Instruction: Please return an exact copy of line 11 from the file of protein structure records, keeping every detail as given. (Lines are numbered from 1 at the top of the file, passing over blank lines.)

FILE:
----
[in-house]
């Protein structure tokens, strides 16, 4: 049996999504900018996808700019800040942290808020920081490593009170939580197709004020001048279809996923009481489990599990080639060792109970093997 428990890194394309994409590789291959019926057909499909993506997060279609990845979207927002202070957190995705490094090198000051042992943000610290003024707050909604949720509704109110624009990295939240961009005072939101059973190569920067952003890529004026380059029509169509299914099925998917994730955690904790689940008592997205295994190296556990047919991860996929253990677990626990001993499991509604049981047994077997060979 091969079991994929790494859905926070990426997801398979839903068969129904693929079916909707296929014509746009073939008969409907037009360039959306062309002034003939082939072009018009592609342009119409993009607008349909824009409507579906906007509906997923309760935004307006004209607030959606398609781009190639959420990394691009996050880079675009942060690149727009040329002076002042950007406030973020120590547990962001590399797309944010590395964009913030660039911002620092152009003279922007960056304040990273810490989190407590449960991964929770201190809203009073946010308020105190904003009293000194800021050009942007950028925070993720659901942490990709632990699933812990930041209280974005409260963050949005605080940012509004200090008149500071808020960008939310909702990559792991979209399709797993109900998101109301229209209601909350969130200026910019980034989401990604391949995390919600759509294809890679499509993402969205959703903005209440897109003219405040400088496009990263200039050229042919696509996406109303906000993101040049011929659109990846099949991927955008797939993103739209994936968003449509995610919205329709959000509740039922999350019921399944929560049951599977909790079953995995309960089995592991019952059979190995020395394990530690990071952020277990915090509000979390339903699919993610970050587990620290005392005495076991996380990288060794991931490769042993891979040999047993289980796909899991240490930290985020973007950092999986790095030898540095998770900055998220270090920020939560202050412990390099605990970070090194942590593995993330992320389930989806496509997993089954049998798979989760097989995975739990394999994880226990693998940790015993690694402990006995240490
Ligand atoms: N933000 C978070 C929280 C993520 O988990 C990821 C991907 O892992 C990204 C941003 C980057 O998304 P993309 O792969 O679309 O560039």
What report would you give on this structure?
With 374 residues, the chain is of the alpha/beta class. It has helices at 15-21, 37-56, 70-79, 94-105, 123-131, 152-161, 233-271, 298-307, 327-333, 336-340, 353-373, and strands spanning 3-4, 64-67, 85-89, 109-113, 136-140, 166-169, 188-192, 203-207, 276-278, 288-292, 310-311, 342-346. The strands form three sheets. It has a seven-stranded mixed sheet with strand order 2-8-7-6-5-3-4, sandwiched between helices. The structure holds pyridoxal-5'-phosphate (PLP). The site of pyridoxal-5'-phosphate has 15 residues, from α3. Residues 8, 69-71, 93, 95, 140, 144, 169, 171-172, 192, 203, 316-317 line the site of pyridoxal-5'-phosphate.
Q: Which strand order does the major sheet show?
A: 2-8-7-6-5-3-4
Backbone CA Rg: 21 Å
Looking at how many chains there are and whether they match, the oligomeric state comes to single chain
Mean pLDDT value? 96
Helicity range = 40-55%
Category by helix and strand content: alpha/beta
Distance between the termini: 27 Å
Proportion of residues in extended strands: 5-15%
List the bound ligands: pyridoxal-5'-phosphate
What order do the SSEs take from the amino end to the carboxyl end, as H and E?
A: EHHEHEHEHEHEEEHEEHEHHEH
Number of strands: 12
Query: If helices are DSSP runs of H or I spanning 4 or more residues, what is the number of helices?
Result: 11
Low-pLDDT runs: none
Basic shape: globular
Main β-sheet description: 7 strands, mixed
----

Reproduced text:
Helicity range = 40-55%